Measuring maximum effort

In cycling, and I’m sure in many other endurance or sprint sports, we have a couple of sayings that indicate that the leaders win purely because they’re willing to hurt the most. “Everyone hurts as much as you, it’s about the last person to give in” is typically one of them. And when I say hurt, I don’t mean bash your toe against the bed post hurt. I’m referring to every muscle in your legs screaming of pain, your arms going numb as all the blood and oxygen is rushing to the bigger muscles that need them, your lungs are burning and you are rasping for breath, if someone listened to your breathing they would think you are asthmatic! In racing, this is what we inflict on

ourselves

every time. Some days I love it, some days I pray for it to end, but still endure it since I know it will end the race sooner, rather than being stuck on your own. Another saying “It doesn’t get easier, you only go faster”.

Why does this matter? Yesterday we did a time trial, known as the race of truth, since it is only you, your bicycle, your pain and the clock, and in this case your partner since it was a team TT. In other words, as hard as you can go to see if you can do the best time compared to everyone else. I always replay time trials in my head and think – could have gone faster there, should have not recovered there… During training we also do max intervals, for shorter periods, but they’re MAX efforts. My question remains – how do I know my body cannot go any harder? This is an 80% mind game, so when my body is screaming at me to stop and logic tells me I should, but my heart tells me you must go harder, how do I know I didn’t let logic and hurt stop me instead of true physical exertion? What can I do to determine whether it is my hurt talking, or whether I’ve truly achieved my max for today? I know stories of pros where they pushed so hard they physically passed out. We also hear of people throwing up because they trained so hard, I have never had that, yet… The bigger reason why all of this matters this much to me – what do I need to do to become a World Champ on 25 Aug 2012 in Pietermaritzburg.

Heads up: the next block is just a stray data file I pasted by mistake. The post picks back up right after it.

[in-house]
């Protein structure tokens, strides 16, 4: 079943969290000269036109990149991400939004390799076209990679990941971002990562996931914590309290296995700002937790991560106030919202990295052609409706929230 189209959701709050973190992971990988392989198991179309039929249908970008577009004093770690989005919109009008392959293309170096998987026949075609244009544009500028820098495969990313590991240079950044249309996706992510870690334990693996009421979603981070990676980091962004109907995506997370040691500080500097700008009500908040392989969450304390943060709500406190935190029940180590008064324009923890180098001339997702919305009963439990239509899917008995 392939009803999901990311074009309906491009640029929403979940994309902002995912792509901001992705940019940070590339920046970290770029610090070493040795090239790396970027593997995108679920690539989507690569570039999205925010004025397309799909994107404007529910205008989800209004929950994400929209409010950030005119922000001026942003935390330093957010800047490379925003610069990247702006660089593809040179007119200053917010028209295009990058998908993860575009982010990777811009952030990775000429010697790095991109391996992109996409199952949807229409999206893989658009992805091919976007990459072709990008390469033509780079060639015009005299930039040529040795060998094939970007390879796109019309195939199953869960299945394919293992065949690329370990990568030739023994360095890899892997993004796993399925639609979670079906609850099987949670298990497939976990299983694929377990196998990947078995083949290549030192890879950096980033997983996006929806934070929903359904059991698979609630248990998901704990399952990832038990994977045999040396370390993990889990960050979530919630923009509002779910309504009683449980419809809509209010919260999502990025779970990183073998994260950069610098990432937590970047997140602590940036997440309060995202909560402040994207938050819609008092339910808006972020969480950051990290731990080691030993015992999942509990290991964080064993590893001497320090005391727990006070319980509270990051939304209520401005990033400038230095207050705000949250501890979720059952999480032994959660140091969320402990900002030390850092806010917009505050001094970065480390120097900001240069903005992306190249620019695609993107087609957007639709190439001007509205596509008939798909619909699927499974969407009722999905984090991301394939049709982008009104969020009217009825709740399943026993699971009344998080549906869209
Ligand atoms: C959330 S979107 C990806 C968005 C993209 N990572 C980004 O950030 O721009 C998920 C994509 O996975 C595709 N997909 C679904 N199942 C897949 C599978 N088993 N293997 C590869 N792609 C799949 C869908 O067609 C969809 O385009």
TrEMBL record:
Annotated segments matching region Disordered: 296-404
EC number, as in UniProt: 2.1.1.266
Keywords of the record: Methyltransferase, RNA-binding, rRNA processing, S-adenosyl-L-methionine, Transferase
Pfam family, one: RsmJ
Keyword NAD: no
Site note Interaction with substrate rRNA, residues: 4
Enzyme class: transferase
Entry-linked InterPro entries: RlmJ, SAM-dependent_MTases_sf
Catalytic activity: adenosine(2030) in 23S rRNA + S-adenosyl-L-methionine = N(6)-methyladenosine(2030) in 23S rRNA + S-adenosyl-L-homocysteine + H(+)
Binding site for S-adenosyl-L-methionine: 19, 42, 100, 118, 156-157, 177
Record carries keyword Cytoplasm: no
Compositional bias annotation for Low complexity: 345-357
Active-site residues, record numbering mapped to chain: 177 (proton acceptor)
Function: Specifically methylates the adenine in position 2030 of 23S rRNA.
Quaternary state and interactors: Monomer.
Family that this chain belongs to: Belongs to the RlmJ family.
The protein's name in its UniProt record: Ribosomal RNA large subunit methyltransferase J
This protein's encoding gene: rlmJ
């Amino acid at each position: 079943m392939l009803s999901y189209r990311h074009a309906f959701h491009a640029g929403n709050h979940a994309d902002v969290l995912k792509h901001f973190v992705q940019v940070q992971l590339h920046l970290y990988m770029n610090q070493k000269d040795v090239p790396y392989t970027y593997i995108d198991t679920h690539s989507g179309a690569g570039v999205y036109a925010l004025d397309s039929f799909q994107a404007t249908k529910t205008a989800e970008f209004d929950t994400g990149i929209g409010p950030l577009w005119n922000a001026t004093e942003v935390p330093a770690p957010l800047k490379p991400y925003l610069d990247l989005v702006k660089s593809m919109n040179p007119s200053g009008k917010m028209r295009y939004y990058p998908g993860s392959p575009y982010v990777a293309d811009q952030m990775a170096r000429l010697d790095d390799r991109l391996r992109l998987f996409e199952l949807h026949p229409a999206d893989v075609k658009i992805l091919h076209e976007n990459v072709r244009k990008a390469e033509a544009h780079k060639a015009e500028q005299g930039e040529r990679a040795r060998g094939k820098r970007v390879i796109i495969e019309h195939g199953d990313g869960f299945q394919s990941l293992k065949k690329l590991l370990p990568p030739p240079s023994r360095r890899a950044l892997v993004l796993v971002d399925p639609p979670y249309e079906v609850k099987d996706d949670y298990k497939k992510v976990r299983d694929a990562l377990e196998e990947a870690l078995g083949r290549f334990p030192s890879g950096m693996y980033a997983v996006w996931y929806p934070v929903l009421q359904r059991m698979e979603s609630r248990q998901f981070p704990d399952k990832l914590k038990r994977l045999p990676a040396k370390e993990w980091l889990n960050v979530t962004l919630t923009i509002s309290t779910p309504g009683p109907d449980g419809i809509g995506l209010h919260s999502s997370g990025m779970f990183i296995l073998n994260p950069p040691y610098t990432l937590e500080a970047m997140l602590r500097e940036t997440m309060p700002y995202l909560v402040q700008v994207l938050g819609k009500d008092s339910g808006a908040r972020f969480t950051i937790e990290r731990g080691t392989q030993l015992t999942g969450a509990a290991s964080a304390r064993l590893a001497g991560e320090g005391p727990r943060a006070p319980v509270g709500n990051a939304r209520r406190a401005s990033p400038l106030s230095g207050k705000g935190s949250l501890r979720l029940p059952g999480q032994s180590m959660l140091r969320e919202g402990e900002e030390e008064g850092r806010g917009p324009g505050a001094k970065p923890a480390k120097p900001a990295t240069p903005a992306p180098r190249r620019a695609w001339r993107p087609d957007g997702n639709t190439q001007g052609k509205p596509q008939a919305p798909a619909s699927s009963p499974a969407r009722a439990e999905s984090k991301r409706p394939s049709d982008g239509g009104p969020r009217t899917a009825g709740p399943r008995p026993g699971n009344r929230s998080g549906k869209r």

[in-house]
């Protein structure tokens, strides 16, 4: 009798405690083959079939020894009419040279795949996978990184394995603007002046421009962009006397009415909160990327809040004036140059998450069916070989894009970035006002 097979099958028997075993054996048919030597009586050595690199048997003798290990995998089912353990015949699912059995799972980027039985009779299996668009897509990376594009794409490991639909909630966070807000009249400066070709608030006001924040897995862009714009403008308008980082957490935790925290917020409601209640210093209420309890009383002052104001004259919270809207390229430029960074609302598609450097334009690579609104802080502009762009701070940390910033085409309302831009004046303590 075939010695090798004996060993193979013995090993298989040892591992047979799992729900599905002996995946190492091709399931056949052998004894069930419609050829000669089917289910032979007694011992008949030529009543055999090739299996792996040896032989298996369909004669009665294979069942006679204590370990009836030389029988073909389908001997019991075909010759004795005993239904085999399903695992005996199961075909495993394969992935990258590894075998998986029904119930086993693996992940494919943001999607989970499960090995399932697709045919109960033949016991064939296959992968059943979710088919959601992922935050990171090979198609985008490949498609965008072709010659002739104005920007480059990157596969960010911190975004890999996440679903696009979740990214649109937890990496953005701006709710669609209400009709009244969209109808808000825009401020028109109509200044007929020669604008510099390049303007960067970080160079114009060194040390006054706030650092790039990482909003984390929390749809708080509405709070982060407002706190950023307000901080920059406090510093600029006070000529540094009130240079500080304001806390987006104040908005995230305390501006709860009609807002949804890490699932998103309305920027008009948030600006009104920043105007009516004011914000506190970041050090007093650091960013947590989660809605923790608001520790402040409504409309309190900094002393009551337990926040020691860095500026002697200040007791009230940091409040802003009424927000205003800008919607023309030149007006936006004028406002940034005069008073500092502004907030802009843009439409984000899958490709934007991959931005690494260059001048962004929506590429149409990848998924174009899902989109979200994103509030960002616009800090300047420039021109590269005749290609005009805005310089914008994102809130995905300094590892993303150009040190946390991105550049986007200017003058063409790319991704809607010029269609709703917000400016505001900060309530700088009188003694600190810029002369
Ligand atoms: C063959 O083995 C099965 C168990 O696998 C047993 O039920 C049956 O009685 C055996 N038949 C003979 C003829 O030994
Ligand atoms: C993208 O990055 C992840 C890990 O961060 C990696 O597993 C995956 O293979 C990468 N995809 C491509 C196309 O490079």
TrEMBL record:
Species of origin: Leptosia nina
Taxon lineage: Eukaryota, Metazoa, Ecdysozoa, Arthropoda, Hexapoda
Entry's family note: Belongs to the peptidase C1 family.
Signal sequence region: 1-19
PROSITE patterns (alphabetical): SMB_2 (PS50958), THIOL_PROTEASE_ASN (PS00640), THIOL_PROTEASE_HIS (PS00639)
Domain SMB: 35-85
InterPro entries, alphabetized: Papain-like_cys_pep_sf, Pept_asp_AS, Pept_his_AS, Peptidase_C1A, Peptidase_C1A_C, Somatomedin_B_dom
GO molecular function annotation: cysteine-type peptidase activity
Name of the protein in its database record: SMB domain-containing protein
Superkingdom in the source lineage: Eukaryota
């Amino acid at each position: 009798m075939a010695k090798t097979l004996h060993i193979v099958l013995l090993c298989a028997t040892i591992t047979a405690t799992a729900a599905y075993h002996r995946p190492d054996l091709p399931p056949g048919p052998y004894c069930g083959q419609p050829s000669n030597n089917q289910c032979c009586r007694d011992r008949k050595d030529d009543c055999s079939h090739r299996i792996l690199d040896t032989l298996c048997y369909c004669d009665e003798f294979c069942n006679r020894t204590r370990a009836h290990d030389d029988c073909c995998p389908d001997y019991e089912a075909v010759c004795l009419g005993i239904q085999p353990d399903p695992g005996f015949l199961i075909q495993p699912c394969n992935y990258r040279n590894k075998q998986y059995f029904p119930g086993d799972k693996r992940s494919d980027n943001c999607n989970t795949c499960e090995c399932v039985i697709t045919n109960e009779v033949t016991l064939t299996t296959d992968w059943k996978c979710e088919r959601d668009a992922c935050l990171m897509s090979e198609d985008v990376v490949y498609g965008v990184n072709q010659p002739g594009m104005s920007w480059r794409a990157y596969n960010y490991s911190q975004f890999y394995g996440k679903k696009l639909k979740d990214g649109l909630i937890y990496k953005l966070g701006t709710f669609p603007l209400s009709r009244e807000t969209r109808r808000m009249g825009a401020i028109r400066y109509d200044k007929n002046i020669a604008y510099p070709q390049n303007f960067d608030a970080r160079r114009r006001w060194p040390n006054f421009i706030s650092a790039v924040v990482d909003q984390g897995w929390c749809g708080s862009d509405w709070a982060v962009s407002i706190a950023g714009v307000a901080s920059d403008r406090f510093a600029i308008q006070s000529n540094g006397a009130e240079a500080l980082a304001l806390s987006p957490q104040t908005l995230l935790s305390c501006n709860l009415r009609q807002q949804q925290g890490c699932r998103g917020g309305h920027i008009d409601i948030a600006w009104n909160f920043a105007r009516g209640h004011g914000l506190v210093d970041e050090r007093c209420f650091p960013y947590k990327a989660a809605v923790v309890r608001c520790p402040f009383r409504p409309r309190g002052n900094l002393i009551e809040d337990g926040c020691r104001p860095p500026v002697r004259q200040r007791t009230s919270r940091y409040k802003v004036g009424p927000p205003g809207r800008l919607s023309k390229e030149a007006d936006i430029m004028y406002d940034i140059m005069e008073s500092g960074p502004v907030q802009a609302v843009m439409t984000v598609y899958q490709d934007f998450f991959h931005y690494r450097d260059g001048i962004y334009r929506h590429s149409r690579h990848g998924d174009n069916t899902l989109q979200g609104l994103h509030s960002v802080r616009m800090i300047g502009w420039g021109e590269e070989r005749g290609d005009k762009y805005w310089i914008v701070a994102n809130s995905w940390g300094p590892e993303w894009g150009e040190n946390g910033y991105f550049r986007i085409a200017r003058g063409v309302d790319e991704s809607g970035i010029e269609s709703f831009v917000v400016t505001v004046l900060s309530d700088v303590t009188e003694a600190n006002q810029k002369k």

We train more scientifically and monitor our Watt output while riding to see if we’re loafing or really tired, but at some point our minds step in and say “enough”. There is no switch to flick it off, but some days we can push past it. What makes those days different, what can we replicate? The more philosophical question is, if we were powerful enough to train our minds to switch off to our perception of pain and tiredness, what will we be capable of? And the frustrating part – we are that powerful, we must just be willing to train our mind as much as we train our bodies.

We do push through our own barriers when we consistently focus on doing it. The chicken and egg of it – do we achieve a new target because we got stronger, or because we are used to the pain from last time, so we endure it a bit longer, or both? BUT, is it possible that we already are that much stronger, but mentally haven’t been able to push ourselves to that ‘new limit’ yet?

A last thought to think of – when we think we’ve physically exerted ourselves completely, our bodies are capable of doing another two full ironmans… Will we ever evolve to a point where we know we have now pushed through our own perception AND the two ironmans, and there really isn’t anything left?

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One thought on “Measuring maximum effort

  1. I have a friend who did 5 ironman’s in 5 days…..we don’t know what it possible until we have tried. Most of us are scared to really try….good refections, enjoyed the read!

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